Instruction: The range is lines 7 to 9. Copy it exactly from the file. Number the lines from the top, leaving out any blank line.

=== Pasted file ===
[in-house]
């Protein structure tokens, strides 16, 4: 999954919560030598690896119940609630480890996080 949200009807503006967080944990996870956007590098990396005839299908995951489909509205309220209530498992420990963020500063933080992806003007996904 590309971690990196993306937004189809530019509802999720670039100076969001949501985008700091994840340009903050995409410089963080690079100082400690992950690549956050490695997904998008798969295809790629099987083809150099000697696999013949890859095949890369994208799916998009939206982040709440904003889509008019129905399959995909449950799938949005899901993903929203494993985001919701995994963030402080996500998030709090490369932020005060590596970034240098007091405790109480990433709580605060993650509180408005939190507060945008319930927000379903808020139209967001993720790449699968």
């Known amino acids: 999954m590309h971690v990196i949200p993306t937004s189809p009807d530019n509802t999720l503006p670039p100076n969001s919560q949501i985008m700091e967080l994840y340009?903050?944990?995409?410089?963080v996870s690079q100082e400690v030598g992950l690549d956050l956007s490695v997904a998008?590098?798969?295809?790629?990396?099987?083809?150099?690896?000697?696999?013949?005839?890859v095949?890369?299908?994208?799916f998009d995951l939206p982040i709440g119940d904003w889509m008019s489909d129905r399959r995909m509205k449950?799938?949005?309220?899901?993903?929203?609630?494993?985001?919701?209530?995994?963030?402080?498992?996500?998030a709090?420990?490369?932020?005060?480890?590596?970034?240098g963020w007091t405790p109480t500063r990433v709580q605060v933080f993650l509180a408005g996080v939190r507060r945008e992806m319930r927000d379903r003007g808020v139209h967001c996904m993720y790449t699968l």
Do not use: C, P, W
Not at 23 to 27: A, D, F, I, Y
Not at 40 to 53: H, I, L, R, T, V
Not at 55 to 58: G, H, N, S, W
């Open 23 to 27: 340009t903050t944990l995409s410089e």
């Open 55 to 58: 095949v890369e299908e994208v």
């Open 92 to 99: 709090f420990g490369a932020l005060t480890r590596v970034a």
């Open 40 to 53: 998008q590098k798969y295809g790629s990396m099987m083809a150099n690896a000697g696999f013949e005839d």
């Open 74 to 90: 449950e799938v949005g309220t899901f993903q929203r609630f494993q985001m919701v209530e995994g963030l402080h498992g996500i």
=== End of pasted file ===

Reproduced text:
Not at 55 to 58: G, H, N, S, W
């Open 23 to 27: 340009t903050t944990l995409s410089e």
């Open 55 to 58: 095949v890369e299908e994208v």